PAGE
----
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PEP-Easy Tip: To save PEP-Easy to the home screen

PEP-Web Tip of the Day

To start PEP-Easy without first opening your browser–just as you would start a mobile app, you can save a shortcut to your home screen.

First, in Chrome or Safari, depending on your platform, open PEP-Easy from You want to be on the default start screen, so you have a clean workspace.

Then, depending on your mobile device…follow the instructions below:


  1. Tap on the share icon Action navigation bar and tab bar icon
  2. In the bottom list, tap on ‘Add to home screen’
  3. In the “Add to Home” confirmation “bubble”, tap “Add”

On Android:

  1. Tap on the Chrome menu (Vertical Ellipses)
  2. Select “Add to Home Screen” from the menu


For the complete list of tips, see PEP-Web Tips on the PEP-Web support page.

(2011). Research digest. J. Child Psychother., 37(2):208-213.

(2011). Journal of Child Psychotherapy, 37(2):208-213

Research digest

Research digest

The development of children of postnatally depressed mothers: evidence from the Cambridge longitudinal study

Lynne Murray

Psychoanalytic Psychotherapy, Taylor and Francis, 2009, Volume 23 (3): 185–99.

Children with a parent who suffers from depression are at raised risk for the disorder themselves. Relatively little is known about the development of psychological vulnerability to depression through childhood, particularly during infancy and early childhood. This paper describes results from a longitudinal prospective study of the development of children, studied from birth to 16 years, of mothers who experienced postnatal depression; it highlights the roles of the developing mother–child relationship, and of physiological functioning and social relationships in the development of adolescent vulnerability.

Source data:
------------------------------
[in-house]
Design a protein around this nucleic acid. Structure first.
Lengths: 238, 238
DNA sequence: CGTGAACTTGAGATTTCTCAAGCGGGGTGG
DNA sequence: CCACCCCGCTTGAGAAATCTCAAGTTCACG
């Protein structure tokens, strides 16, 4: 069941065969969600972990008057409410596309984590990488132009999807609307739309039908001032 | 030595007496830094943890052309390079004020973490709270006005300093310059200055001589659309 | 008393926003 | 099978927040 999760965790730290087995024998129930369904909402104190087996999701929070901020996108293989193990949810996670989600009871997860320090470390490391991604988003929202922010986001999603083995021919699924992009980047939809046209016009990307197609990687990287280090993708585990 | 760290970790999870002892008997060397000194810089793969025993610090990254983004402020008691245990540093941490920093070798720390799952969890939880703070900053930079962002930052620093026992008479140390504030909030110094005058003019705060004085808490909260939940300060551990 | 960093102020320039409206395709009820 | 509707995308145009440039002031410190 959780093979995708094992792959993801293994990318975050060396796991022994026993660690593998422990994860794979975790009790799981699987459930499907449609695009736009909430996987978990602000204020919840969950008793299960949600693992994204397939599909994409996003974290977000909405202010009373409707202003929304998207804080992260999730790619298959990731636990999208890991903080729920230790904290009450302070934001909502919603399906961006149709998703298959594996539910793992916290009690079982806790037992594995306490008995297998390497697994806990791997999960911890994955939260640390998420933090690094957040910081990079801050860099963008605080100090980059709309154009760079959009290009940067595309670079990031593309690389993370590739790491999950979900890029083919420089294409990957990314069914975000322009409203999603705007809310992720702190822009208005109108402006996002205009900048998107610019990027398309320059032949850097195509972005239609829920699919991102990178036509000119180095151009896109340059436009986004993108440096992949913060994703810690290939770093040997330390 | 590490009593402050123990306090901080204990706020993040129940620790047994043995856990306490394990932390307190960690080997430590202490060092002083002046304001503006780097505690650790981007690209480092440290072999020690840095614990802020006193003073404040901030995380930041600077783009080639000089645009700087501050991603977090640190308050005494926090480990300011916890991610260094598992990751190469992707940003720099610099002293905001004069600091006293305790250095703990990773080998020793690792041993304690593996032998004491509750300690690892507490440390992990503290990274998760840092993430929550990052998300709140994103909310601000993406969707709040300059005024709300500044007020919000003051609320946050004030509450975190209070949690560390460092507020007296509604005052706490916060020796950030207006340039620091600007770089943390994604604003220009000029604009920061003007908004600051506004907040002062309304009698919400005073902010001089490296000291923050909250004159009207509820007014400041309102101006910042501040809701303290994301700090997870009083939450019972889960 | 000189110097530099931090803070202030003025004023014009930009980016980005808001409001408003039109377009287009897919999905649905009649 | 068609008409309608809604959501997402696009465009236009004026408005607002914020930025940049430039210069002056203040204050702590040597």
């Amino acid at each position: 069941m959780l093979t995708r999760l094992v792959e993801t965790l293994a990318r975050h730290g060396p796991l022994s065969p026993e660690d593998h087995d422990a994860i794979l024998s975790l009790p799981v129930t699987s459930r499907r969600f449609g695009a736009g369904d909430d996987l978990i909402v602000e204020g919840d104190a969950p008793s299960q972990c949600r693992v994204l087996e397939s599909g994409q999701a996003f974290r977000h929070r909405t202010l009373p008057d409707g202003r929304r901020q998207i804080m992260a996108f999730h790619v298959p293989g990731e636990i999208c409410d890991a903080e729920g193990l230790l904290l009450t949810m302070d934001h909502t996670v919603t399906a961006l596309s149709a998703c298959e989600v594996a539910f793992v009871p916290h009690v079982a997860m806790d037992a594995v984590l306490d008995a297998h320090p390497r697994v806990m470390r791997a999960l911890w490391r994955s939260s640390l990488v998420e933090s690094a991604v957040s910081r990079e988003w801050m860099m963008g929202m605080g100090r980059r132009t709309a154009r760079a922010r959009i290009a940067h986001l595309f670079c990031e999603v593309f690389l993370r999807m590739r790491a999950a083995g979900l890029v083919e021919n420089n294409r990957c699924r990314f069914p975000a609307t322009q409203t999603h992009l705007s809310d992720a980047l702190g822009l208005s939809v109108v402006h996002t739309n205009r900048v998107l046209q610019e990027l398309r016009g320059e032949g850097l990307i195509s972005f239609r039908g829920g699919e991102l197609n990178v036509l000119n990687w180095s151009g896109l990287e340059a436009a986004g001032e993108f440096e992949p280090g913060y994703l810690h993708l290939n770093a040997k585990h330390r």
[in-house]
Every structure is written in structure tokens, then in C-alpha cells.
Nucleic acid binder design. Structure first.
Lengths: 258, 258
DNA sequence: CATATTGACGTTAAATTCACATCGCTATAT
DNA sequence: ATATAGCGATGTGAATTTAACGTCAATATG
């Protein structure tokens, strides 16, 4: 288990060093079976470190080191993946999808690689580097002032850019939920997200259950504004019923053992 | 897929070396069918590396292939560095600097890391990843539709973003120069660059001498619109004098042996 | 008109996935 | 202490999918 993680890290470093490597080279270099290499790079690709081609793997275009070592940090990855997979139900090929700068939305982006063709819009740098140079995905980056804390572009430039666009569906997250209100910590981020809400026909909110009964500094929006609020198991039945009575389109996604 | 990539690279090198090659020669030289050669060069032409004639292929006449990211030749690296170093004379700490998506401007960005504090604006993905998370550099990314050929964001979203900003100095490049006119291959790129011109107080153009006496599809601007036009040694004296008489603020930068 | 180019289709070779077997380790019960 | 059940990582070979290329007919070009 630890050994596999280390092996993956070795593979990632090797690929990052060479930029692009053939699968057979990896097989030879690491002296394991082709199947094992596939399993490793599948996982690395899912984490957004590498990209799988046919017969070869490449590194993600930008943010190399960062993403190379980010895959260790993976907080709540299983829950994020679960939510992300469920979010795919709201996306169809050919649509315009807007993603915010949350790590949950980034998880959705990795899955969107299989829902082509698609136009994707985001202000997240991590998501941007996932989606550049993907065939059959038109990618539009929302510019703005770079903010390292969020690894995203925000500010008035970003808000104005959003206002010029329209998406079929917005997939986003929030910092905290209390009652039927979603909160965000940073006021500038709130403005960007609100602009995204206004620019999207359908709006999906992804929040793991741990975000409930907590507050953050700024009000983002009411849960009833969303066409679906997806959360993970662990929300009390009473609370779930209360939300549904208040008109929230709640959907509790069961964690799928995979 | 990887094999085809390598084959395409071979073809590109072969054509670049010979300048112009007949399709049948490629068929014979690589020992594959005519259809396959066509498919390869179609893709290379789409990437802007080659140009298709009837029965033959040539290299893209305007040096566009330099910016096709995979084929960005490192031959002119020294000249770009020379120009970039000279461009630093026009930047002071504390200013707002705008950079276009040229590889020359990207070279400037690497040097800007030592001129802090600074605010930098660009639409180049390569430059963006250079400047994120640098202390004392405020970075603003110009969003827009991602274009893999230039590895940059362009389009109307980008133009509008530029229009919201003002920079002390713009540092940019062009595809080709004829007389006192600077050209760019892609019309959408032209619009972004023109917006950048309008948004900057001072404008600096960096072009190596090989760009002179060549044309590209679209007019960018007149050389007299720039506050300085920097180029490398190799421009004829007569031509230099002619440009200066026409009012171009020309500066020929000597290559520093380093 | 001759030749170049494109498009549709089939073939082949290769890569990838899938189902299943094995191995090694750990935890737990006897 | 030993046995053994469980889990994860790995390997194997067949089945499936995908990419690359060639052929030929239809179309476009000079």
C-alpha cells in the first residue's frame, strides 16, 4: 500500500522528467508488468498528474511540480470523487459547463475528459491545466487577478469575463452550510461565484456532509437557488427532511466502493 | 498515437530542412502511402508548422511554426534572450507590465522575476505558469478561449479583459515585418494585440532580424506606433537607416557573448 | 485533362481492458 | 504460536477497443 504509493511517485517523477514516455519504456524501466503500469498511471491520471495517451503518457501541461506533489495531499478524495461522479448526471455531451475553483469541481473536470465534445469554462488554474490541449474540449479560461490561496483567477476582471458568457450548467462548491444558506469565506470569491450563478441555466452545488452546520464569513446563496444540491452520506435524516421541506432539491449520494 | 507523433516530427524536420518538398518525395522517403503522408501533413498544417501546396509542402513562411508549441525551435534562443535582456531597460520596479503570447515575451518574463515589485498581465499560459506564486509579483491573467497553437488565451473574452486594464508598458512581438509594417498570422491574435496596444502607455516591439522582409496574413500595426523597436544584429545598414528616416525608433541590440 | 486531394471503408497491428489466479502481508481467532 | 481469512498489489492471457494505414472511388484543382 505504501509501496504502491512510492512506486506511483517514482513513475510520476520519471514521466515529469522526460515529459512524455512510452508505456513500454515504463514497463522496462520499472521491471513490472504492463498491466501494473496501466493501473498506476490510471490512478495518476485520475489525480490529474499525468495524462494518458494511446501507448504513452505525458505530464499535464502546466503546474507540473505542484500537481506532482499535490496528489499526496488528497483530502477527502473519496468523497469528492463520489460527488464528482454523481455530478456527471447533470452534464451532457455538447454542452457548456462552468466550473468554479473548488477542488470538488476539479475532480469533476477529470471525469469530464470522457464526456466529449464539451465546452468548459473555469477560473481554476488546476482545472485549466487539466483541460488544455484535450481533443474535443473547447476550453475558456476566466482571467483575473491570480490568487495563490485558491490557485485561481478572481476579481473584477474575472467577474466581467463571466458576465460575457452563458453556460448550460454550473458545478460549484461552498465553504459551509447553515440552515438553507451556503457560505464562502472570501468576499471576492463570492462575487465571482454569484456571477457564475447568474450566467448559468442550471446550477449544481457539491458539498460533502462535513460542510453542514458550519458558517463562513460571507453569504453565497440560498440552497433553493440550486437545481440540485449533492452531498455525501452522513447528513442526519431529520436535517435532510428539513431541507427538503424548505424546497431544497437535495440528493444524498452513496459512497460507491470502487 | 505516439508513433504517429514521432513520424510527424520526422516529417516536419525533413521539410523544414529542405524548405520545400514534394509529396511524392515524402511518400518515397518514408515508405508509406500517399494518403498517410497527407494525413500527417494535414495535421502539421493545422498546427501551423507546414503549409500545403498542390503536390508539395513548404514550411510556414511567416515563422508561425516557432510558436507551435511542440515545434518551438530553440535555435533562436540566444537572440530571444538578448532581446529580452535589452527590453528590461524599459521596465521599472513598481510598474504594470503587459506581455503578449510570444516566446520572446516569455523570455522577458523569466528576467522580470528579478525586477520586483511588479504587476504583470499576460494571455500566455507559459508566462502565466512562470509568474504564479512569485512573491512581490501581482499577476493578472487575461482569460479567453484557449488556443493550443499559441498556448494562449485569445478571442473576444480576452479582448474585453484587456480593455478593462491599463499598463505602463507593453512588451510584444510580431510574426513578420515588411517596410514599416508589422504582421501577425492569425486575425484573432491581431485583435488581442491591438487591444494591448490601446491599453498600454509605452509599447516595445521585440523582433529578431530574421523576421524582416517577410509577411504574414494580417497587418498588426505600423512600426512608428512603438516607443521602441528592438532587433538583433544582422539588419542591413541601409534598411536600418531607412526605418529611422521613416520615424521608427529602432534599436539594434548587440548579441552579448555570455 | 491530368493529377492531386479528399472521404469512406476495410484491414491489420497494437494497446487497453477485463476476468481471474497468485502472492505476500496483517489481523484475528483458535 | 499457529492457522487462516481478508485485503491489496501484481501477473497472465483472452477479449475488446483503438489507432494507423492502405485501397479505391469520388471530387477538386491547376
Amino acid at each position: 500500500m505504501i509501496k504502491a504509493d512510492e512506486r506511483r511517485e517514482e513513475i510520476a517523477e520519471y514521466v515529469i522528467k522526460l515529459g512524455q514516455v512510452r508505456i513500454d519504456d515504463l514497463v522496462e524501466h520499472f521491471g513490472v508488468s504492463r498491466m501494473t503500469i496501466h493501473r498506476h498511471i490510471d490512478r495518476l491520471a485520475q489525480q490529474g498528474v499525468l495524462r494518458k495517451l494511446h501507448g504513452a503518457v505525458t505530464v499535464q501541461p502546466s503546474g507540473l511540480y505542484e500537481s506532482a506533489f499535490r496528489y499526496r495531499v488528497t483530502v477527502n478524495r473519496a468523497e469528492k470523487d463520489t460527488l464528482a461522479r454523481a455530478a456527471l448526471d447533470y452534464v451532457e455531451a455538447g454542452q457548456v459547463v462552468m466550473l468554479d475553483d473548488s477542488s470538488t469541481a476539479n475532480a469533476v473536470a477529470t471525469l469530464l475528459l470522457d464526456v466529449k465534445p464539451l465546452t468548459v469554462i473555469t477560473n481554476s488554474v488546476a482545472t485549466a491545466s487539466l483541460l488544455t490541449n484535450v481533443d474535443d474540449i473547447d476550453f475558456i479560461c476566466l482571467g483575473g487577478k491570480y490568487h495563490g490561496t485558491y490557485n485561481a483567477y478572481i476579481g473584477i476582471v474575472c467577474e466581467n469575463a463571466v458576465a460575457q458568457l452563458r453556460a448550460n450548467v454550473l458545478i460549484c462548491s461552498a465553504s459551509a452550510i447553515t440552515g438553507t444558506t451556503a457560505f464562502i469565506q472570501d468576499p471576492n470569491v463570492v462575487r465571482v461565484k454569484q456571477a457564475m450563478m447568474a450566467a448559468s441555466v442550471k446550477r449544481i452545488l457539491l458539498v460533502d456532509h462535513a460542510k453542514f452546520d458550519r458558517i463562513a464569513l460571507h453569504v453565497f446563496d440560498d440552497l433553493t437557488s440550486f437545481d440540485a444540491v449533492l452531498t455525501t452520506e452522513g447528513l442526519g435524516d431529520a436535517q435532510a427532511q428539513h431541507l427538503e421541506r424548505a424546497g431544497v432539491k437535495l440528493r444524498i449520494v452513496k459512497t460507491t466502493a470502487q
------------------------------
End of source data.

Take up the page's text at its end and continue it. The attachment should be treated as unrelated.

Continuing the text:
Attachment and interpersonal relationships in postnatal depression

Ross Bernard Wilkinson & Rhiannon Mulcahy

Journal of Reproductive and Infant Psychology, Taylor and Francis, August 2010, Volume 28 (3): 252–65.

Postnatal depression (PND) is a debilitating condition that has demonstrated negative impacts on the mother, her infant, and her intimate and social relationships. Using an attachment theory perspective, this study examined the relationship of insecure working models of attachment to depression, marital quality, infant bonding, and social support in Australian samples of diagnosed depressed (n = 47) and comparison (n = 68) mothers. Clinically depressed mothers reported less security of attachment and more preoccupied and fearful attachment. Irrespective of diagnostic status, attachment styles characterised by a negative model of self were associated with higher depression and lower quality of relationship with baby and spouse and the perception of less social support. The role of dismissing attachment in the outcomes was less clear. The potential mutual influence of depression and attachment working models is discussed, and it is concluded that while insecure attachment working models may be associated with postnatal depression, further research using longitudinal methods and multiple attachment assessment techniques is required.


[This is a summary excerpt from the full text of the journal article. The full text of the document is available to journal subscribers on the publisher's website here.]

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